This past weekend was spent attending a couple of events for the Wakefield Folk Festival; this did not limit the range of the bands playing however, I saw a total of three bands and one solo artist, although that was a completely different and unexpected performance altogether…
The majority of the performances were on Friday night, in The Snooty Fox, a pub venue with a cosy stage space to the front. The bar itself was, thankfully, against the norm of typical pub conventions on this night, the main area of the bar being completely dominated by ticket holders anticipating The Doonan Family Band, the main act of the night.
I was introduced to Matt Abbott shortly after arriving at The Snooty Fox who, it turned out, was the lead singer and guitarist of the band Skint & Demoralised. An Indie-ish band with a penchant for Matt’s spoken word lyrics during the verses. Skint & Demoralised, Matt told me, were in the process of switching record labels for whatever reasons, meaning he would only be performing his self styled ‘punk poetry’ tonight, which I was already curious to hear! After discussing his band, and the music industry in general, I sat down with Matt and the others to watch.
To begin the performances, an Irish woman played accoustic guitar, with the aid of her band… For the life of me, I cannot remember the name of the woman or the band; a great shame, considering I felt an extreme resonance within myself during a lot of their melancholy fueled set. Her singing was barely more than a whisper, which made the microphone necessary, but also conveyed the emotional truth in the songs, and I’m still angry at myself for at least not picking up a flyer to learn the singer/band’s name.
While The Doonan Family Band prepared for their main set, Matt breezily stepped on stage, and surprised me completely with the content of the ‘punk poetry’ that he dished out. My imagination of him spouting loads of pretentious nonsense with little or no meaning to a crowd who would apploud confusingly was completely flipped 360! Matt had the audience laughing during his short set, which was a constant barrage of sarcastic, ironic humour, that he wielded to great effect, and I listened with a slightly agape mouth and, I’m sure, a smile showing underneath. I was reluctant to see him step down off stage, he was that comic!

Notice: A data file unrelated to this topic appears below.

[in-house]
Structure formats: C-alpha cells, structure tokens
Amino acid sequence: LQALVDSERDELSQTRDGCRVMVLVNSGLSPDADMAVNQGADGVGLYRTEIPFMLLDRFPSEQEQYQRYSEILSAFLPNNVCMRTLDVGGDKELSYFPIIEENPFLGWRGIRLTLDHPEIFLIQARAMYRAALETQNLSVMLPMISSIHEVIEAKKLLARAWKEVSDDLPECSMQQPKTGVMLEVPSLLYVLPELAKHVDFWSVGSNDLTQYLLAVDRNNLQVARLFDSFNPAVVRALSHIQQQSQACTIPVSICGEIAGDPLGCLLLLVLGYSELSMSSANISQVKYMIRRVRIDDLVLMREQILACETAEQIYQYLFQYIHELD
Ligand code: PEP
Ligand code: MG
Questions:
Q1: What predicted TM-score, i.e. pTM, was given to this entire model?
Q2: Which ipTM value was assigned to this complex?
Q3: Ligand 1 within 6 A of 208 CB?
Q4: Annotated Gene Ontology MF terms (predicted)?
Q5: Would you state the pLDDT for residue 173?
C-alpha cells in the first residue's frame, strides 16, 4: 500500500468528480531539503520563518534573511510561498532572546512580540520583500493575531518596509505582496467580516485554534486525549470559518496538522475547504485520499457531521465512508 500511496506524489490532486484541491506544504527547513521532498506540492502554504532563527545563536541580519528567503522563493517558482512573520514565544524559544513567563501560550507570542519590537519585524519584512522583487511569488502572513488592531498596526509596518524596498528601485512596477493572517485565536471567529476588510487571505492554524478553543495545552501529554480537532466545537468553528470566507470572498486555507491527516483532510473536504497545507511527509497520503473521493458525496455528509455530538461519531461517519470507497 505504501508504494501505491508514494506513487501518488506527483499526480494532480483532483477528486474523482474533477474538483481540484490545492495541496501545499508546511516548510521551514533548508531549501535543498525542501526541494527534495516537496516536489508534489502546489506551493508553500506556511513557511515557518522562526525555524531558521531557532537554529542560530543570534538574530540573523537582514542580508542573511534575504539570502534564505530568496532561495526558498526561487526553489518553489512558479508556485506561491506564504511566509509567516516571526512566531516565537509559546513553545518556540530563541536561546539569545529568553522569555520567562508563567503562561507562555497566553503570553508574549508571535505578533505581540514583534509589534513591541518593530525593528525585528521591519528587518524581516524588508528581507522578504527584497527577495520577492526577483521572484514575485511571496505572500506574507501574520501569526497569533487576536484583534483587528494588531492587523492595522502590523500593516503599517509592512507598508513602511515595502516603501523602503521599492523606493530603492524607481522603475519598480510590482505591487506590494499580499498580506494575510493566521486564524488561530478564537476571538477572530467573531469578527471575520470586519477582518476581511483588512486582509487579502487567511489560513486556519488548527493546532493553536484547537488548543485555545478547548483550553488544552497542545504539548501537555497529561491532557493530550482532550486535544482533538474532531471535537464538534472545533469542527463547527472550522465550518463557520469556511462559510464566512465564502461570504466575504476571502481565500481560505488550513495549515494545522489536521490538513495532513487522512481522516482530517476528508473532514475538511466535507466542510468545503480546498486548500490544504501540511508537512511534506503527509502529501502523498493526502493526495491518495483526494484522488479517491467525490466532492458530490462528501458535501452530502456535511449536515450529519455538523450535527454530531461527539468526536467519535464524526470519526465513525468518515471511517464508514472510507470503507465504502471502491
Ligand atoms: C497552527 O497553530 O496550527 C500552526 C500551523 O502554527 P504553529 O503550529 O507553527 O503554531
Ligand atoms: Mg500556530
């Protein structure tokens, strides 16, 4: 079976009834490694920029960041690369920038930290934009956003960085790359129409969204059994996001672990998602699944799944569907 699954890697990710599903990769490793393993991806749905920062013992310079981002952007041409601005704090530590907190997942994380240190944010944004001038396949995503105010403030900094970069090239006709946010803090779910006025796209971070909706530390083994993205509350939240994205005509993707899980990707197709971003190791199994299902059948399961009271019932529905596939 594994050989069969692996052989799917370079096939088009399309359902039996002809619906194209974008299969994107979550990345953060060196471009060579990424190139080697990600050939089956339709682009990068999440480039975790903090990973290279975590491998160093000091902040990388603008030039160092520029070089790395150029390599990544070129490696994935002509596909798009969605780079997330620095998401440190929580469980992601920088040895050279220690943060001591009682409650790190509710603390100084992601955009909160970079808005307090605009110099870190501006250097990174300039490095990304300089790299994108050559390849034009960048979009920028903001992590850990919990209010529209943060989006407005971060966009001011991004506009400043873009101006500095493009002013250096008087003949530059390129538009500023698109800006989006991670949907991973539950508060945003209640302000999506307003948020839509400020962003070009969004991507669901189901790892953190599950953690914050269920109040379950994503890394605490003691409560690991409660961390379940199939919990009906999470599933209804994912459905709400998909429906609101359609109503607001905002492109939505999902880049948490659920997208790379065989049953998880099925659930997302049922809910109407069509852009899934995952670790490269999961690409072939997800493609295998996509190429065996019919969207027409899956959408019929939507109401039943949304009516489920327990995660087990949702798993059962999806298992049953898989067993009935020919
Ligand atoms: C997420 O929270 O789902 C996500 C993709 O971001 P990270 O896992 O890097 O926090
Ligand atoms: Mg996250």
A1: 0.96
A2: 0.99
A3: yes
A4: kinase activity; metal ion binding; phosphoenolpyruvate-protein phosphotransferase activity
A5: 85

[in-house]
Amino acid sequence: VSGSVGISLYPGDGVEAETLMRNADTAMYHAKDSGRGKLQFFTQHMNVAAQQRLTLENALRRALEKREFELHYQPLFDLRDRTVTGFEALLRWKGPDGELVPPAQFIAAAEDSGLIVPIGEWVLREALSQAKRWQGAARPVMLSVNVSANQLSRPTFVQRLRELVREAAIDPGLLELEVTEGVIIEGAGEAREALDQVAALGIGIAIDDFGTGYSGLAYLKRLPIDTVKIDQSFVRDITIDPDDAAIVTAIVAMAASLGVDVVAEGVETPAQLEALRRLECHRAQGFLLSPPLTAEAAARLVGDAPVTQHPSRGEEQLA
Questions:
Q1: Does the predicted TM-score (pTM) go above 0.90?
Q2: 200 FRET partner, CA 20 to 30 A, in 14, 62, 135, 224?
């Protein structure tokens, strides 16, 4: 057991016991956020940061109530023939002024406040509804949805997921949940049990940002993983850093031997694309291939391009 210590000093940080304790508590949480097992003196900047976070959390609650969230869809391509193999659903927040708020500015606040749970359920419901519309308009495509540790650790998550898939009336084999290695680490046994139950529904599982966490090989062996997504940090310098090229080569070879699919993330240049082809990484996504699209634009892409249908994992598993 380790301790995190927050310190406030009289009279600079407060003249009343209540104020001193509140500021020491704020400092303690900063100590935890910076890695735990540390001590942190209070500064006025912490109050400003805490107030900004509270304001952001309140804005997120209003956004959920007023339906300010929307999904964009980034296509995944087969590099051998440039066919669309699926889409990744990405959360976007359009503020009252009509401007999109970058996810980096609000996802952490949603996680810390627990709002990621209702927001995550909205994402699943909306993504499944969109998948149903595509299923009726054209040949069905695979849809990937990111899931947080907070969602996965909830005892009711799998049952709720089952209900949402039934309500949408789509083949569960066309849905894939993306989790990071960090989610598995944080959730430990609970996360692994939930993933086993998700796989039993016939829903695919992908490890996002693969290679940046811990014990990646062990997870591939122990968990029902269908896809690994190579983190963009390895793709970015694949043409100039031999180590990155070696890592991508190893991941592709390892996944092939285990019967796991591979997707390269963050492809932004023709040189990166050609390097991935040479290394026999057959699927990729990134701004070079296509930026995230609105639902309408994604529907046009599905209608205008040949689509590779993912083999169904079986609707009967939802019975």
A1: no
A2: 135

Lastly, The Doonan Family Band all stepped up on stage, and from this point onward, my memory is slightly blurred, mainly due to the lemonade I was drinking. Suspiciously topped up by a clear liquid in a water bottle every so often. The rest was a mixture of upbeat, lively Irish folk tunes, two female family members dancing Irish jig to the music at an astonishing speed, and hilarious interaction between the band members, to the audience and themselves!
When the night had finally finished, I’d managed to give out my contact details to Matt (I’m aspiring to be a music journalist), get heavily drunk and have an absolutely awesome time! With the slightly dizzy memories of the alcohol and music, I went to sleep before my head hit the pillow!
After the night before, Howard Bros, the Bluegrass duo playing at Fernandes Brewery Tap seemed a little bit of a disappointment for me. Probably because of the mix of very repetitive songs, which didn’t cater much to my taste, as they were a little too off the Folk music topic, and the more traditional pub feel of the visitors. Howard Bros were playing at Fernandes for free, which meant lots of the usually mildly irritating pub stereotypes were playing up with the music, and infuriating me, frustrating me to the point where I was hoping for the set to end early. Eventually it did (end), and I was quite glad to be out of the environment, feeling a little let down, after building up the day after the previous night.
The Wakefield Folk Festival will be remembered as The Snooty Fox performances for me, mainly because of the audience’s respect and eagerness to listen, having paid to get in. This furthers my belief that gigs really can, and some do, depend on the audience as well as the acts up on a stage!
I’ll leave you with this; the music video to Skint & Demoralised’s highest charting single (#100 in the UK Charts, not too shabby), ‘Red Lipstick’.